A mentally healthy person has a high degree of material creativity. Business leaders with a healthy mental state will apply an open-minded, possibly experimental problem-solving strategies.

A mentally healthy person has stress management skills. Problems in business are inevitable. The measure of mental wellness is not the absence of problems, but how the individual responds to them. Healthy coping mechanisms include satisfaction in leisure, realistic beliefs, and high self-worth regardless of the outcome of any one event.

A mentally healthy person has social skills. The ability to trust, empathise, and be understood are three pillars of social navigation and usually indicative of a mentally well person.

Look after yourself first: Helpful tips to achieve mental wellness

So what can we do to build our own mental wellness or help to train a CEO in need? Here are a few tips for anyone who is looking to help themselves achieve higher mental wellness or learn the skills to teach a business leader.

  • Build relationships. Our society is often the barometer for our level of mental wellness. Staying grounded in this paradigm through strong relationships is a great way to feel and be healthy.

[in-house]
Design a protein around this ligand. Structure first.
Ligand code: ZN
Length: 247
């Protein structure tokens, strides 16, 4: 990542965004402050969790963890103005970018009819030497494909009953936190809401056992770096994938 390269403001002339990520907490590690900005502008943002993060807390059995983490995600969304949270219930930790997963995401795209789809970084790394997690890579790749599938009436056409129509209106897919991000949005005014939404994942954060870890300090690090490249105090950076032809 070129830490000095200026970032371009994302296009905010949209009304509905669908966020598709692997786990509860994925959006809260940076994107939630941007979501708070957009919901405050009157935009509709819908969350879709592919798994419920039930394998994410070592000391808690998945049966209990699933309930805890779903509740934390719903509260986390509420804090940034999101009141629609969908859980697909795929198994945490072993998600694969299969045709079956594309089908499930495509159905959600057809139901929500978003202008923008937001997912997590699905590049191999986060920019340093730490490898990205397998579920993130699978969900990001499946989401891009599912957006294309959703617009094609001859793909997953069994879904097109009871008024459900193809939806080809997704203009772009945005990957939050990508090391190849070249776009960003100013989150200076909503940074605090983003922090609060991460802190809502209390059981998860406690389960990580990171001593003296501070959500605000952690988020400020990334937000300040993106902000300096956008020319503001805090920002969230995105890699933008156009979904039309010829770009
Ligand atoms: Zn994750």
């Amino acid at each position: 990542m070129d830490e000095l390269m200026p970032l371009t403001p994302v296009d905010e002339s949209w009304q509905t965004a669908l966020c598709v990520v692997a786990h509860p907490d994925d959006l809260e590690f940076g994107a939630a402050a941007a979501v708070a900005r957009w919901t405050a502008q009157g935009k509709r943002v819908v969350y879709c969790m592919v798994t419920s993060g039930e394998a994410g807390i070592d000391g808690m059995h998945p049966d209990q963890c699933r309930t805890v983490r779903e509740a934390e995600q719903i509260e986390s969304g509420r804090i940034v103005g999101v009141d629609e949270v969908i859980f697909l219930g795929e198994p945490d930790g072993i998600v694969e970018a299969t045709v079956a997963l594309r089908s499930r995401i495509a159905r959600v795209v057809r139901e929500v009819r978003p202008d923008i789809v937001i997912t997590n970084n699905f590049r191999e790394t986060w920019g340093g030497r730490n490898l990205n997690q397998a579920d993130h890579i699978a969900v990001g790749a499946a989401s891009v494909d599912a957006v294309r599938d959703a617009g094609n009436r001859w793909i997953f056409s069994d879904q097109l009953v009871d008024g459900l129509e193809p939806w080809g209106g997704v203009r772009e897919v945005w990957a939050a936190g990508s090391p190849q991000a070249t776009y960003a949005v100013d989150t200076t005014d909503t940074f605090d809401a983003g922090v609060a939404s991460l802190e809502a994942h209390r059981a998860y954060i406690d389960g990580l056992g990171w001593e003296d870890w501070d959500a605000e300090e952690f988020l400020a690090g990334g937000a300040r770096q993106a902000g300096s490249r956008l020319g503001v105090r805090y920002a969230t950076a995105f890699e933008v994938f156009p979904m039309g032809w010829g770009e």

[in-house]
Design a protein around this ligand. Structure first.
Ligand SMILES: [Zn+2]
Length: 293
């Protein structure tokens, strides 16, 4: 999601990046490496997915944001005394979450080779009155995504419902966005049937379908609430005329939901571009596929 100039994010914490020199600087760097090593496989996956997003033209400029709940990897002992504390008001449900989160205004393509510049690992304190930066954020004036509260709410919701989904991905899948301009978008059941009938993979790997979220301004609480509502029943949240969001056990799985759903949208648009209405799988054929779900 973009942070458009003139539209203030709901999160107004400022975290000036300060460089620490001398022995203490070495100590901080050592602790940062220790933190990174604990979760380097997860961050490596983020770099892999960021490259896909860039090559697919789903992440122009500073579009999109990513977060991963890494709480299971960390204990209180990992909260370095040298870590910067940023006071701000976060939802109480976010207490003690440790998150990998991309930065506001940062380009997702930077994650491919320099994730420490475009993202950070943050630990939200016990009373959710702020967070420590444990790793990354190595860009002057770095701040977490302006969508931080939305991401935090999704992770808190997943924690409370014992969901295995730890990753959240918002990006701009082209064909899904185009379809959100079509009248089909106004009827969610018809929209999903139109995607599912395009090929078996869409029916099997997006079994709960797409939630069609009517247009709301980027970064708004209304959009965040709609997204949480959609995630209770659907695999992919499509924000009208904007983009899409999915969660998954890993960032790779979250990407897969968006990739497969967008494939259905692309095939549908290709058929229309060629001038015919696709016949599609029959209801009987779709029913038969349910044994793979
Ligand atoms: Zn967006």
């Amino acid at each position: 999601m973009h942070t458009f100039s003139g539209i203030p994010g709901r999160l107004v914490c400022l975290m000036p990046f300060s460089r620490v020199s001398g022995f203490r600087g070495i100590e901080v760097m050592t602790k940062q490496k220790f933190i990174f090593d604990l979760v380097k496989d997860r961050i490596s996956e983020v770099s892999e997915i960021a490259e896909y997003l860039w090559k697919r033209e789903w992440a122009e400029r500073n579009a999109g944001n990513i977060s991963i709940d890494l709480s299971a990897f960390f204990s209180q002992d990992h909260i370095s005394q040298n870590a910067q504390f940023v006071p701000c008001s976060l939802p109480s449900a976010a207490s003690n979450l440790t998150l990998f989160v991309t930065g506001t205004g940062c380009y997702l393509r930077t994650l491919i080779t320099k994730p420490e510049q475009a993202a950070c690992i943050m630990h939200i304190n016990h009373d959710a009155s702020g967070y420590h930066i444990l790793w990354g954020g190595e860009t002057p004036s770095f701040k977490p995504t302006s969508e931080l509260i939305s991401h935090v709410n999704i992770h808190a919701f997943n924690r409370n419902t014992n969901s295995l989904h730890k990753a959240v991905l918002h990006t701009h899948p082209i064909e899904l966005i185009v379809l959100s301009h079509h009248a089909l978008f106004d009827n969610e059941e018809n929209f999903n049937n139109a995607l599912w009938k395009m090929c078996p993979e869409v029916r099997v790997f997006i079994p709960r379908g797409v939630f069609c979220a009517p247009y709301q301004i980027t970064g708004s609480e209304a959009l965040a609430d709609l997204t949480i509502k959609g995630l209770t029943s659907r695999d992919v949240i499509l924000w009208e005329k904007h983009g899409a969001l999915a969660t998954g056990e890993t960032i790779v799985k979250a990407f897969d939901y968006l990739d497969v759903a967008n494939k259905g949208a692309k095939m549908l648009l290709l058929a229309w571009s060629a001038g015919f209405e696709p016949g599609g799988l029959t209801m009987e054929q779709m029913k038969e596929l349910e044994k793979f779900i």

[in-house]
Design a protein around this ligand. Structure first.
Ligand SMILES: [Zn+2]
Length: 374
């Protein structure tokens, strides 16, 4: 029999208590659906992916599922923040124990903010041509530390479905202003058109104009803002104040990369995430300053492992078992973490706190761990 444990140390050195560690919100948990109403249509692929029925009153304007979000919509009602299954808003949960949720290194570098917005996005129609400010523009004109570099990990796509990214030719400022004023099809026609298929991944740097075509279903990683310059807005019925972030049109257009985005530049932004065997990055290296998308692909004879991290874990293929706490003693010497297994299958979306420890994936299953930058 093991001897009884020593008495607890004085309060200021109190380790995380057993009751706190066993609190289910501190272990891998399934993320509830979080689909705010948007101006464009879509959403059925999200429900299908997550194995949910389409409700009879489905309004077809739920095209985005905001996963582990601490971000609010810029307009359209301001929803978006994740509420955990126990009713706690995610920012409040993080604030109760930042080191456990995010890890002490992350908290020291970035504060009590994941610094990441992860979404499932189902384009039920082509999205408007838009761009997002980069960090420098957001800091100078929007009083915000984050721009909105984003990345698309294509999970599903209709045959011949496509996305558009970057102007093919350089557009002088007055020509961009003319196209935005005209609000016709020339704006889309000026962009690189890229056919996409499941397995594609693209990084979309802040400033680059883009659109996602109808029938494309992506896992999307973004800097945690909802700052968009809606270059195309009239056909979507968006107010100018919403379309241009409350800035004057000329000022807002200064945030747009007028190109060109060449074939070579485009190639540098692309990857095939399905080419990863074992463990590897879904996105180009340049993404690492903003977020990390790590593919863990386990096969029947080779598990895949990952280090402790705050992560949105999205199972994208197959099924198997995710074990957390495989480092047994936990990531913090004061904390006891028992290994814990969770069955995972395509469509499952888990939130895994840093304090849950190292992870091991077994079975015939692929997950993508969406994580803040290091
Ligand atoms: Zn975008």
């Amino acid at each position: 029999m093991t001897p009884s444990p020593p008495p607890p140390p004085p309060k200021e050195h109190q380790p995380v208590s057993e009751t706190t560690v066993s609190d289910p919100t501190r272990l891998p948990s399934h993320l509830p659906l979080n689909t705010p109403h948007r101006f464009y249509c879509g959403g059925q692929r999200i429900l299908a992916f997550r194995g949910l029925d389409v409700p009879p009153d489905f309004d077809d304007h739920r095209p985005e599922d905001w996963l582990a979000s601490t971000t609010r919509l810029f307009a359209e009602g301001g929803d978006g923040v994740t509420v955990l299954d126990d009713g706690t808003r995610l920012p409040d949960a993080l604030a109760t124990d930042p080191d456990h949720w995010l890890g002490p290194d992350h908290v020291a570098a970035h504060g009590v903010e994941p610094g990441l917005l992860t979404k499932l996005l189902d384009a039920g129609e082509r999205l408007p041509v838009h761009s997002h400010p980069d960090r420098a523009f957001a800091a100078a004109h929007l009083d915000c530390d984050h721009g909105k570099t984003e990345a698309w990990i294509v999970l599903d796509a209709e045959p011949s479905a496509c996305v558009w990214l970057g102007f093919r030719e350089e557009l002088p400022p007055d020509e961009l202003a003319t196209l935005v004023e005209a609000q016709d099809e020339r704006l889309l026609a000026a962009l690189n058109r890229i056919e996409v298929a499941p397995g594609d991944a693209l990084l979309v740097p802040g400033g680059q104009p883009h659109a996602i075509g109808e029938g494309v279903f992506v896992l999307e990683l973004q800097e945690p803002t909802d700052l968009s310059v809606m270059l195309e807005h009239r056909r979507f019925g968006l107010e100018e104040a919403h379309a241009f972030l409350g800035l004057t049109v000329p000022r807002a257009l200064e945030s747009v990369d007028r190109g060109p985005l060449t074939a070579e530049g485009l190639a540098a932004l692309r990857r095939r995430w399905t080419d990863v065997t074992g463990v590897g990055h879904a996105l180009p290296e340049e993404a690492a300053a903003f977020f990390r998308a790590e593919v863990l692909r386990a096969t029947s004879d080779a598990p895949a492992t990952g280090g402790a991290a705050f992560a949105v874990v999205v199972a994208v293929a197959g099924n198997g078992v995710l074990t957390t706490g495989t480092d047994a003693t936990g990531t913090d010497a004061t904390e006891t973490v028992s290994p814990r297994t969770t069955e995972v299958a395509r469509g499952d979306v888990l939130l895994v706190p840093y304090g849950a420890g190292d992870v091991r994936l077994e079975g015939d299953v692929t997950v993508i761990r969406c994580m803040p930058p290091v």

• Exercise and stay healthy. Mind health advocate Anthony Hart uses a four-step plan to increase mental health — talk, exercise, reduce alcohol, and sleep. Exercise is an important part of this paradigm that helps with the other three. Staying physically healthy provides opportunities to talk, encourages the body to reduce alcohol, and definitely helps with sleep.
  • Develop gratitude. Research shows developing an attitude of gratitude improves physical health and increases mental strength. Whilst the science of gratitude is not clear, reports suggest that it reduces stress levels by stimulating the parasympathetic nervous system.
  • Identify and use your strengths. If you build memories of positive experiences based on your thought patterns, you touch the beginnings of confidence. Confidence is essential to an abundance mindset, which is vital for mental health.